Supported by the Dubai Film Connection and winner of the top DIFF prize, Mahmoud Al Massad’s Hathihi Swrati Wa Ana Mayet (This is My Picture When I Was Dead) makes its international premiere at DIFF this year. Screening at the MoE on Dec. 14 and 17, the film follows the story of Bashir, a four-year old killed during the assassination of his father, a top PLO lieutenant. However, death was not the end of Bashir’s journey. As he digs through his past to find out what kind of life he would have lived 29 years later, this experimental, highly original and occasionally surreal film redefines what a documentary can be.

Palestinian filmmaker Abdallah Al Ghoul’s Tathkara Min Azrael (Ticket from Azrael) charts the desperate efforts of a Palestinian man digging an escape tunnel from Rafah, in the Gaza Strop, through to Egypt. This powerful and sobering account of realities of life in occupied Palestine marks its world premiere on Dec. 15 and will be screened again on Dec. 17 at Mall of the Emirates.

The Middle East premiere of Kaouther Ben Hania’s Les Imams Vont A L’ecole (Imams Go to School) follows the secular training of a group of apprentices at Paris’ Great Mosque, so that they may comply with new social regulations. The new film from the accomplished director will be screened at Mall of the Emirates on Dec. 13 and 16.


Marianne Khoury and Mustapha Hasnaoui’s Zelal, a quiet masterpiece of hard-hitting reportage, has drawn global praise for its sobering insight into the lives of those afflicted by mental illness in Egypt today. Filmed in two large asylums, the film reveals the horrific conditions in which patients are expected to live – squalor and neglect is endemic, and therapy and treatment seems non-existent. The Middle East premiere of Zelal will be held at Mall of the Emirates on Dec. 14, followed by a second screening on Dec. 16.

Following a forced evacuation from Palestine in 1948, Munir Shargawi traveled the world before settling down in Denmark. Omar Shargawi’s Fra Haifa Til Noerrebro (My Father from Haifa) is touching documentary of a personal history and highlights a new relationship emerging between a father and a son, both of whom in their own ways are grappling with their identities as a result of their past. The film will mark its GCC premiere on Dec. 15 and will be screened again on Dec. 17.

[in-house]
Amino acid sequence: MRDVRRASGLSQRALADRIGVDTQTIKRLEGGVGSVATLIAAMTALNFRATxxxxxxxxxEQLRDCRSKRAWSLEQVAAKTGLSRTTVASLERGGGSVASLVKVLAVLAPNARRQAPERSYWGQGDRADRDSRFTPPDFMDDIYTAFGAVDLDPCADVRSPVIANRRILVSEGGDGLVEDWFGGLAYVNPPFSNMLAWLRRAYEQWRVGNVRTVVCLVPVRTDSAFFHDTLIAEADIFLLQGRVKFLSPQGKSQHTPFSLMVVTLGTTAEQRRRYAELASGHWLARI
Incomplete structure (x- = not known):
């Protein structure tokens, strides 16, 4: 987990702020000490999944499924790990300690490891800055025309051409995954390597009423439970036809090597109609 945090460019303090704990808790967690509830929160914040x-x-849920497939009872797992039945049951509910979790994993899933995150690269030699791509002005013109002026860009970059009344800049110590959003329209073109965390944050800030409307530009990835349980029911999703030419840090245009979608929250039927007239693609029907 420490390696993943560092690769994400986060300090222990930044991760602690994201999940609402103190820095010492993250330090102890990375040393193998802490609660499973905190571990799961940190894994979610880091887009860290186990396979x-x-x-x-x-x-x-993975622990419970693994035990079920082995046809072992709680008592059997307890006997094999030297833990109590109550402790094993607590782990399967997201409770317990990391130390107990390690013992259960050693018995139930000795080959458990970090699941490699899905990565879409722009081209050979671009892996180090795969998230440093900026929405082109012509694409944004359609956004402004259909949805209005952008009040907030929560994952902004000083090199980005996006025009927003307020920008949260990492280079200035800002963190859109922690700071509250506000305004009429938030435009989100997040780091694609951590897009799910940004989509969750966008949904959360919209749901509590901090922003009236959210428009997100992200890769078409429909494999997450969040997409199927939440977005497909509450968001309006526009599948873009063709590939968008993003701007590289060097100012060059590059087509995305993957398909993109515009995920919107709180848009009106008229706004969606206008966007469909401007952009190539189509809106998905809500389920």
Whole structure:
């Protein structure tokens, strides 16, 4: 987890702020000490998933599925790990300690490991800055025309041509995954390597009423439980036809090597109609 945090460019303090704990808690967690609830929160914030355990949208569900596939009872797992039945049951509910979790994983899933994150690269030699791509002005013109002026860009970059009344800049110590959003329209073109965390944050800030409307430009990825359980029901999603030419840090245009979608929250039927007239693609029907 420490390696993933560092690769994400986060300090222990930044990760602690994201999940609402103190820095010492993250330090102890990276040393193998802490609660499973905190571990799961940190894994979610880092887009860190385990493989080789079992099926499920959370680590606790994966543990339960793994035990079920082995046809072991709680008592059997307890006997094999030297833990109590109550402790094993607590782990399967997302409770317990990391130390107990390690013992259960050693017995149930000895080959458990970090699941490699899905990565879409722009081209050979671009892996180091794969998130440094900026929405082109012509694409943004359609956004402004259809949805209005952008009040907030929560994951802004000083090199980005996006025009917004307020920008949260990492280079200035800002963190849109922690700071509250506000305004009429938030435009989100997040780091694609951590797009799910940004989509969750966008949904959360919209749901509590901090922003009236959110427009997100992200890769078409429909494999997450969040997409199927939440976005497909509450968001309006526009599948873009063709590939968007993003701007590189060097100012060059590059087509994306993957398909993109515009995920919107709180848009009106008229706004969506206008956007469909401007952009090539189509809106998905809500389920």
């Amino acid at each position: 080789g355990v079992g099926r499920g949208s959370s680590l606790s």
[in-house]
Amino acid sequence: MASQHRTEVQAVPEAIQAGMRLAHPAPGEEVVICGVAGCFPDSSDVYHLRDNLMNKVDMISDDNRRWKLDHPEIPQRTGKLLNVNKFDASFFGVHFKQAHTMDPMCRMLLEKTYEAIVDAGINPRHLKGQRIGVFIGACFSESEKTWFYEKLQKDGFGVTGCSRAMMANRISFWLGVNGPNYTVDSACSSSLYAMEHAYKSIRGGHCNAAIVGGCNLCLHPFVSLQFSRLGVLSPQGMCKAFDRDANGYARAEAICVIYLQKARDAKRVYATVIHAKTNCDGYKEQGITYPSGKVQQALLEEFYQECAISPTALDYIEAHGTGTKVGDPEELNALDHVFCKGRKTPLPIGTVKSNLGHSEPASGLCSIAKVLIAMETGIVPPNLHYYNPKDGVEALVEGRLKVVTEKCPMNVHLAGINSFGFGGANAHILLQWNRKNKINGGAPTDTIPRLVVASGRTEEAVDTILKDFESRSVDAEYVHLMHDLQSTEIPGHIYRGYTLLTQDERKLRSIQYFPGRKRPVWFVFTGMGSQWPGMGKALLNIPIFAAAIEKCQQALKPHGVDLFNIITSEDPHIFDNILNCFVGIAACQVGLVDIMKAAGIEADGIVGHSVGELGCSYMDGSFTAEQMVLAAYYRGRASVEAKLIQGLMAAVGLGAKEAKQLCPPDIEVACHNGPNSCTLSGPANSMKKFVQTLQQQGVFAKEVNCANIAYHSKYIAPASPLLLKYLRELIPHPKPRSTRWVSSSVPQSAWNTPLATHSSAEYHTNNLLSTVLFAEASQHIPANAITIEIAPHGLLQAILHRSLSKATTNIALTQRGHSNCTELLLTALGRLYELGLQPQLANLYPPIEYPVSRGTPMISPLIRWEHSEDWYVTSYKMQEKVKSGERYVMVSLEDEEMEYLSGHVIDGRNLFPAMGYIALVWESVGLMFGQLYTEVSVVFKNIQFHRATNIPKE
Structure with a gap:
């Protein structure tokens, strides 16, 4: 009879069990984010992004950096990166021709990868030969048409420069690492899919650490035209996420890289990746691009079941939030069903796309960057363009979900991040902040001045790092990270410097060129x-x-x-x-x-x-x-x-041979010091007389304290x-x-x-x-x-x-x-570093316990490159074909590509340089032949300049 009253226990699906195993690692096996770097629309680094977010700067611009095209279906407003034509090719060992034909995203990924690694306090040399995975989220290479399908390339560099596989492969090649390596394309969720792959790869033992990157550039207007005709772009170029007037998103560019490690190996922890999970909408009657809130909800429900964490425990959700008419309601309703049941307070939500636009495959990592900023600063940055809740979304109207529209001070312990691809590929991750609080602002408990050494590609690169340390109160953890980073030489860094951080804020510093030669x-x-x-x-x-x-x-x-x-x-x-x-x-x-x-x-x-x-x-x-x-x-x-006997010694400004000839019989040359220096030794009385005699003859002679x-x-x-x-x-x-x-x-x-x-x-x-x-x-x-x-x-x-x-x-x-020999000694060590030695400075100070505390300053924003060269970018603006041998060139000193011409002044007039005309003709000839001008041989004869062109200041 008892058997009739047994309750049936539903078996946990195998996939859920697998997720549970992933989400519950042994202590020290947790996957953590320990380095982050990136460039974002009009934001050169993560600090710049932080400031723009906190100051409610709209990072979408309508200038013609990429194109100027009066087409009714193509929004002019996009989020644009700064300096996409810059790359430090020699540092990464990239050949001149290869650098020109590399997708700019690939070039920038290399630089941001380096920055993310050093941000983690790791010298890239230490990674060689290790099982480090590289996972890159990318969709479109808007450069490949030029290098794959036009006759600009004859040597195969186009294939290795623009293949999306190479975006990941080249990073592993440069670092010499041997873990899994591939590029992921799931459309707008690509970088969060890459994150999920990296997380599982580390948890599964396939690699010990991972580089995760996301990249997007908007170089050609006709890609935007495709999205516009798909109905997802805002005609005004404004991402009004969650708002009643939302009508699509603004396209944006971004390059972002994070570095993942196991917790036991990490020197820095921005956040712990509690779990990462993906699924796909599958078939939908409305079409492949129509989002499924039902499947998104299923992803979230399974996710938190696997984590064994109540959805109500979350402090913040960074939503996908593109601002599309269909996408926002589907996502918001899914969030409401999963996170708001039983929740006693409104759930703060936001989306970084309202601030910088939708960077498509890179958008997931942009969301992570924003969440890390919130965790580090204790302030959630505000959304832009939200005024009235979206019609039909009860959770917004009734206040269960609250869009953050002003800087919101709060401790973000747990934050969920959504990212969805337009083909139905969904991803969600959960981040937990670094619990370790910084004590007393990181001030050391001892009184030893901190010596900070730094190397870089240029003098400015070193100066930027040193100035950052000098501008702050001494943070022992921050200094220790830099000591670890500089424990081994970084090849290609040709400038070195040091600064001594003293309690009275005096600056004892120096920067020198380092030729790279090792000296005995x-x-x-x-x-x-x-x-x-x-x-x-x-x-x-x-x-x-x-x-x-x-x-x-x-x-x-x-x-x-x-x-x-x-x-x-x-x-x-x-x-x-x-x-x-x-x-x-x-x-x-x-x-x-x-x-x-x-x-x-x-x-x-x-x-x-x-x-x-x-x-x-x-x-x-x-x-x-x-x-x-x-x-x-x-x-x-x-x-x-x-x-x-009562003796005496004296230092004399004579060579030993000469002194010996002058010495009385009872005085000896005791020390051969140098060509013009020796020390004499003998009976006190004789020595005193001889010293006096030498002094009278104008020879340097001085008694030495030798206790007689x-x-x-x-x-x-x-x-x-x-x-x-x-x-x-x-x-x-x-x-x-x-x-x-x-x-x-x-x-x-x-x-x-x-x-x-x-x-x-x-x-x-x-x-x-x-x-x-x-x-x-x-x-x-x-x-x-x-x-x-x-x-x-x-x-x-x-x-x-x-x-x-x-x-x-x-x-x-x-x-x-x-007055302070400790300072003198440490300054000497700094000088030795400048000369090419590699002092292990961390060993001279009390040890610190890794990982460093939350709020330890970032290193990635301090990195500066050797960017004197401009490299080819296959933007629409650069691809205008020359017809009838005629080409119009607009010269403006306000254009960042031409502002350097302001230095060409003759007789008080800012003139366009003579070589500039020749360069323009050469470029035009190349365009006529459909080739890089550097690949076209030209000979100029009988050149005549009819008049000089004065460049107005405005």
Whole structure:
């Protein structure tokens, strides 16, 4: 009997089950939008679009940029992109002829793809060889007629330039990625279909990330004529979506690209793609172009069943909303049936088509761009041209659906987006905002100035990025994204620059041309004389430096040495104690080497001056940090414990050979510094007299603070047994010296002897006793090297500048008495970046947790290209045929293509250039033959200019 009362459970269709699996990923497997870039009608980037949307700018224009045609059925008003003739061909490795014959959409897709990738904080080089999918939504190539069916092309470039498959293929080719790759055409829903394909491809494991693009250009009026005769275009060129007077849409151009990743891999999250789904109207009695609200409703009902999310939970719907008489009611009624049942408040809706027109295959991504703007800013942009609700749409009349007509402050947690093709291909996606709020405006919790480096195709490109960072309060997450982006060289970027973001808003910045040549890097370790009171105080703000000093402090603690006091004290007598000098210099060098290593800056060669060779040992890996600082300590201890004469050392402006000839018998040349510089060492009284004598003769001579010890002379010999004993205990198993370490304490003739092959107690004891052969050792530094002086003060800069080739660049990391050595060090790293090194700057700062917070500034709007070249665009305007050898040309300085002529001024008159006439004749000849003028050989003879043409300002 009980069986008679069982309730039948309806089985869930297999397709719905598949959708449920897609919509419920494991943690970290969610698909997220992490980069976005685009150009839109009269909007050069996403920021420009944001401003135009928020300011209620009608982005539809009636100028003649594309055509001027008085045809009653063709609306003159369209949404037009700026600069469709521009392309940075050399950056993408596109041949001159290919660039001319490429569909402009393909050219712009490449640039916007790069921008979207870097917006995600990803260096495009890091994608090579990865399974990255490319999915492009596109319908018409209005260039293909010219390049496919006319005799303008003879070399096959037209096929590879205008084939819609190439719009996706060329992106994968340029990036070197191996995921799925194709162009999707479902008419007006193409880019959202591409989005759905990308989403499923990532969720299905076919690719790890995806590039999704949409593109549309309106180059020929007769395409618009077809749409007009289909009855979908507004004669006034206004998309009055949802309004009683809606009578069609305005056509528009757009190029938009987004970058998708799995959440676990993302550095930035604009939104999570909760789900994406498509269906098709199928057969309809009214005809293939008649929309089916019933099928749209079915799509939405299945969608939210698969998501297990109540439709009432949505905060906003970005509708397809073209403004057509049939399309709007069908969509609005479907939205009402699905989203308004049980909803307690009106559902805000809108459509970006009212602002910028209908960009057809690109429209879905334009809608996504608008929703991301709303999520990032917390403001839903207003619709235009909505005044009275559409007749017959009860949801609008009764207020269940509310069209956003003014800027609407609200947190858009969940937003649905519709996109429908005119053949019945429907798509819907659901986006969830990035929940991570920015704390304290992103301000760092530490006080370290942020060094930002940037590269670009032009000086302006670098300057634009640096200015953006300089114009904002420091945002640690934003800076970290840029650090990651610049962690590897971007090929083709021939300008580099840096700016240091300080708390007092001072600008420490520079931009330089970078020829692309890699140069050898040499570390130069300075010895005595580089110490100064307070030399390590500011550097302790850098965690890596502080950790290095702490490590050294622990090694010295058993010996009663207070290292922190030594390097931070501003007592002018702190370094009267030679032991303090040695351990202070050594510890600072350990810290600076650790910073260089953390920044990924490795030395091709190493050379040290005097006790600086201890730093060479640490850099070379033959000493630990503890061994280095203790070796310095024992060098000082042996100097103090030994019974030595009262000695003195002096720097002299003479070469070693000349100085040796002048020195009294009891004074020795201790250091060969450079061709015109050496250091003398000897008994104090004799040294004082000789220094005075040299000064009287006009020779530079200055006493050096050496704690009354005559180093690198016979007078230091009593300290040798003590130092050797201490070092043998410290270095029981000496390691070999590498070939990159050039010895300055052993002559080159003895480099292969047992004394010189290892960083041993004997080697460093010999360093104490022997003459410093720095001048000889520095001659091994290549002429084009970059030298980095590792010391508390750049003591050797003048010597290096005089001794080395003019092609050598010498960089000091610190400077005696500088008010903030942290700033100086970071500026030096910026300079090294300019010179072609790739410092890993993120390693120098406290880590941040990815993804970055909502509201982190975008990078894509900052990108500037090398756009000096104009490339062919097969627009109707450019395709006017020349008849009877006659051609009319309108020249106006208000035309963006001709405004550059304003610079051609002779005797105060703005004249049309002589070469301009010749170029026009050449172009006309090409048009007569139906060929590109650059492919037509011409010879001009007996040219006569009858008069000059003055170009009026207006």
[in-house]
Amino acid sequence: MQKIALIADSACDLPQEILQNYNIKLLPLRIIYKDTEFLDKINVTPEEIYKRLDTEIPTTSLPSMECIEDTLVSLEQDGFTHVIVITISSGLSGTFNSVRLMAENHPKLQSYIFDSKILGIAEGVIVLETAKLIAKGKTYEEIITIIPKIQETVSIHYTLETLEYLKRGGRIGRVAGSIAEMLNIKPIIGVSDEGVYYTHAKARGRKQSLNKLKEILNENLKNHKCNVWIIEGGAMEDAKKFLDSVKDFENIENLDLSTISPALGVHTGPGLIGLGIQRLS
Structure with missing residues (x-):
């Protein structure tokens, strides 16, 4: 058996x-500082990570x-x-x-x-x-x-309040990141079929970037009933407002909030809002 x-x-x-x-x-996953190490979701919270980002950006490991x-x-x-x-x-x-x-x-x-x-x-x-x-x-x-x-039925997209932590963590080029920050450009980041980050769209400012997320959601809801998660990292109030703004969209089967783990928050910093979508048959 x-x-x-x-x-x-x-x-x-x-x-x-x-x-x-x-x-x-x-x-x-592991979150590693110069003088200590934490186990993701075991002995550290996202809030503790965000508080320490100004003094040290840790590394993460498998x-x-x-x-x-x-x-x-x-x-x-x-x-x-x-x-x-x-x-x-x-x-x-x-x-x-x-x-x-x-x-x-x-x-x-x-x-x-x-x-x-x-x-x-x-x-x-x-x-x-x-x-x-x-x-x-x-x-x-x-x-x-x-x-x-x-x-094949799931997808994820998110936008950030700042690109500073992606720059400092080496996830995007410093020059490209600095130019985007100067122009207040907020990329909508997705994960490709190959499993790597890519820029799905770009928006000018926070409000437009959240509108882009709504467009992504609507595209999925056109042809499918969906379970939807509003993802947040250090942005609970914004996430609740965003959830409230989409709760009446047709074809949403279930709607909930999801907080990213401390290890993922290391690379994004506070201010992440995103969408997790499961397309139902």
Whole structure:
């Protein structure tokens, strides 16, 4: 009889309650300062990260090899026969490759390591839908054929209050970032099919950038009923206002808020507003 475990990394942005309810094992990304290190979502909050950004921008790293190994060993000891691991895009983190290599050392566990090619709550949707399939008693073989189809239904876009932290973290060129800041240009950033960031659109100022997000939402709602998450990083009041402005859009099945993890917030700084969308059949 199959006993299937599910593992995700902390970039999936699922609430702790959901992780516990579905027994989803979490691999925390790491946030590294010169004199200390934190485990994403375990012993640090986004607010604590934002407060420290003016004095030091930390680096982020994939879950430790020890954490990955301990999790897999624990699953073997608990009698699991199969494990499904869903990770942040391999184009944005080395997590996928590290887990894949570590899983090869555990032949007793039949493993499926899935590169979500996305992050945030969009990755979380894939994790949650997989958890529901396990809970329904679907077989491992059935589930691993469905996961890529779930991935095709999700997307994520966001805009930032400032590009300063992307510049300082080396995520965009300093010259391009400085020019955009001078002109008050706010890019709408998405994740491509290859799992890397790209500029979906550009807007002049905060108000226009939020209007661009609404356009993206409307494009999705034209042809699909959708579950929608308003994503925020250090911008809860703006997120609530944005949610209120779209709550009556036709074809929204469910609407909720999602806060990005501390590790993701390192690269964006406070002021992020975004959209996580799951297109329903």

Erfan Rashid, DIFF’s Director of Arab Programming, said: “The documentaries offer a perfect kaleidoscope into the day-to-day life in the Arab world, as well as tales that highlight individual plights, struggles and triumphs. All the selected works are of outstanding quality and will offer intense competition.”

Masoud Amralla Al Ali, Artistic Director, Dubai International Film Festival, said: “The Muhr Arab Documentary segment captures the modern-day social, cultural, and political dynamics of the region. These movies, by filmmakers in the region as well as those based abroad, highlight the power of documentaries in capturing the socio-cultural dynamics.”

The seventh edition of Dubai International Film Festival 2010 will be held from December 12 to 19. DIFF 2010 is held in association with Dubai Studio City. Dubai Duty Free, Dubai International Financial Centre, Dubai Pearl, Emirates Airline and Madinat Jumeirah are the principal sponsors of DIFF. The Festival is supported by the Dubai Culture & Arts Authority.  Accreditation for DIFF 2010 is now open at www.dubaifilmfest.com.

DIFF 2010 box office locations are: Cinestar Mall of the Emirates, the Madinat Souk and the CNN Building in Dubai Media City. Tickets can also be purchased through DIFF’s Dial-a-Ticket service at (04) 391 3378 and from the website, www.dubaifilmfest.com.

For more and updated information about DIFF, please visit www.dubaifilmfest.com